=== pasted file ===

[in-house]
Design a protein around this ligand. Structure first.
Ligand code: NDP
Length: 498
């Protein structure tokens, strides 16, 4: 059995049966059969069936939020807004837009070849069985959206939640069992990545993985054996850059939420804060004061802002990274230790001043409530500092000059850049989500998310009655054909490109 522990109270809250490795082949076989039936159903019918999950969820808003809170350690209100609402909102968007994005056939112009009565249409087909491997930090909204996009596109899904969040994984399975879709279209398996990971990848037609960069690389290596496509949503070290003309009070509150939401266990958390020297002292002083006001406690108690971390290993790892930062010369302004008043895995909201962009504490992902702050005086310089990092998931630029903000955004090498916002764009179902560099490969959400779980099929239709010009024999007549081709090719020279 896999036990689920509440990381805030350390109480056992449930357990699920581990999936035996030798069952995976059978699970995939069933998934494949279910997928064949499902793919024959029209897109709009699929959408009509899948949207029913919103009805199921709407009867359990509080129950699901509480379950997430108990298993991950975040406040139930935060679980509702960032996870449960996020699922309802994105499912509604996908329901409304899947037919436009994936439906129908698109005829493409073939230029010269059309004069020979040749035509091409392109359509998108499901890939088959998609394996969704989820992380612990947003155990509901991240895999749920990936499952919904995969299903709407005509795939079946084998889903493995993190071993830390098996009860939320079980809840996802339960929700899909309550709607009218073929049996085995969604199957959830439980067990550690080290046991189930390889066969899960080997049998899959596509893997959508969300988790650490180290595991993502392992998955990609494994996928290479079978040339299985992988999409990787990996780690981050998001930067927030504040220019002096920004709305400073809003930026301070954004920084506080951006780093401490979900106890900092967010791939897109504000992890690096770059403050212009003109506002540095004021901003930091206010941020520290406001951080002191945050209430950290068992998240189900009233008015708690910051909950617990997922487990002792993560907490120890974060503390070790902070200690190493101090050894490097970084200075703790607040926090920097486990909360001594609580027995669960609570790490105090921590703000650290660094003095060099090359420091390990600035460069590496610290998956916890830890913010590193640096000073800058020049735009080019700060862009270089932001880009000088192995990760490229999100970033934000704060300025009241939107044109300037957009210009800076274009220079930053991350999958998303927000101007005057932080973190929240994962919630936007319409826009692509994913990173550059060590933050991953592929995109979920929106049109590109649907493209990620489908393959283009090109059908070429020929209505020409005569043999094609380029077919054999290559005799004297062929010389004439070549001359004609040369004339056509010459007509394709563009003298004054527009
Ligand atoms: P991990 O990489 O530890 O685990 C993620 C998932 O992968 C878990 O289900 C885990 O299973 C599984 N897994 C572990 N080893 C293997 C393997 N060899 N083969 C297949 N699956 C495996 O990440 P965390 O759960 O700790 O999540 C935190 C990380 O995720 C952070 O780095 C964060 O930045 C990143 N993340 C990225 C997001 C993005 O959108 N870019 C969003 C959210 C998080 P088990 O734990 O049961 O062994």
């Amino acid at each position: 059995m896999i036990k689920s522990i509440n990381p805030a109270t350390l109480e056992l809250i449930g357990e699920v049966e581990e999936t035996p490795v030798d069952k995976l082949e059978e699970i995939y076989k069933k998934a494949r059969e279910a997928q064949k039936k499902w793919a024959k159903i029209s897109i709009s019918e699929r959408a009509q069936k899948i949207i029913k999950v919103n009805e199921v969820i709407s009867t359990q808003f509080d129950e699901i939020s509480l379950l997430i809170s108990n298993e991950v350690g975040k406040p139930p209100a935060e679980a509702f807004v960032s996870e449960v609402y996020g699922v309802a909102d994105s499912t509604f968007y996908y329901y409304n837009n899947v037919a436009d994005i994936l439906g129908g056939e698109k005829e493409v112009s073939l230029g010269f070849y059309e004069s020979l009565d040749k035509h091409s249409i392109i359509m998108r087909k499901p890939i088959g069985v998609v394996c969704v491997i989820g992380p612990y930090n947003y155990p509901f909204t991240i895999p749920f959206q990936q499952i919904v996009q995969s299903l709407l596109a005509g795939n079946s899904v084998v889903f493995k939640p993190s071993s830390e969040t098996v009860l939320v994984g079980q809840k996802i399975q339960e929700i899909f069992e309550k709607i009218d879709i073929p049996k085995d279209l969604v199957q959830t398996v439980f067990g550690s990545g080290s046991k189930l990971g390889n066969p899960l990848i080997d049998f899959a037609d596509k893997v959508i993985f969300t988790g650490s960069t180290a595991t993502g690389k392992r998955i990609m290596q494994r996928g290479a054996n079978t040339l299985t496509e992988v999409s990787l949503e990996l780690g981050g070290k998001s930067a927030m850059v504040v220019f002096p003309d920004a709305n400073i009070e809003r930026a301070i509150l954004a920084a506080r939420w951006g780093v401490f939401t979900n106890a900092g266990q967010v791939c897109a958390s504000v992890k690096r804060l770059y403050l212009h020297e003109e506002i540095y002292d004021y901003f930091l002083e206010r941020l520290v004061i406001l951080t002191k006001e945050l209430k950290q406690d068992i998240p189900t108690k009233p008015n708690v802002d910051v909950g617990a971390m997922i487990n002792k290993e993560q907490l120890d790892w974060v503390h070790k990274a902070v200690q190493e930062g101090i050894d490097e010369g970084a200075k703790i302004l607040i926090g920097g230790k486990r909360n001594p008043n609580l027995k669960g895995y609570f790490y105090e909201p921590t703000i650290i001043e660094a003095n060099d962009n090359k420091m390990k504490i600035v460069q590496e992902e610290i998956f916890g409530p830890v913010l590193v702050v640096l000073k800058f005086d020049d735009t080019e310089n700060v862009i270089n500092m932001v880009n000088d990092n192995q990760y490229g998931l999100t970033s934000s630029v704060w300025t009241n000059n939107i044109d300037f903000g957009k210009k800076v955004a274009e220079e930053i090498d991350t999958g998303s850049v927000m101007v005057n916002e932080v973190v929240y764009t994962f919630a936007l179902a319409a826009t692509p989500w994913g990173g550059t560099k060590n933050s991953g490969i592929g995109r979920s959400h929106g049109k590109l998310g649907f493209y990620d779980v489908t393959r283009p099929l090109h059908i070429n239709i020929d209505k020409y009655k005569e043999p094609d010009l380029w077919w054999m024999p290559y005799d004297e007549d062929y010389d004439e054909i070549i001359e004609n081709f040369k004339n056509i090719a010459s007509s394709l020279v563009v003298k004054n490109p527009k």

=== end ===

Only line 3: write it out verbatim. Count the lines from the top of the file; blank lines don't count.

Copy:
Ligand code: NDP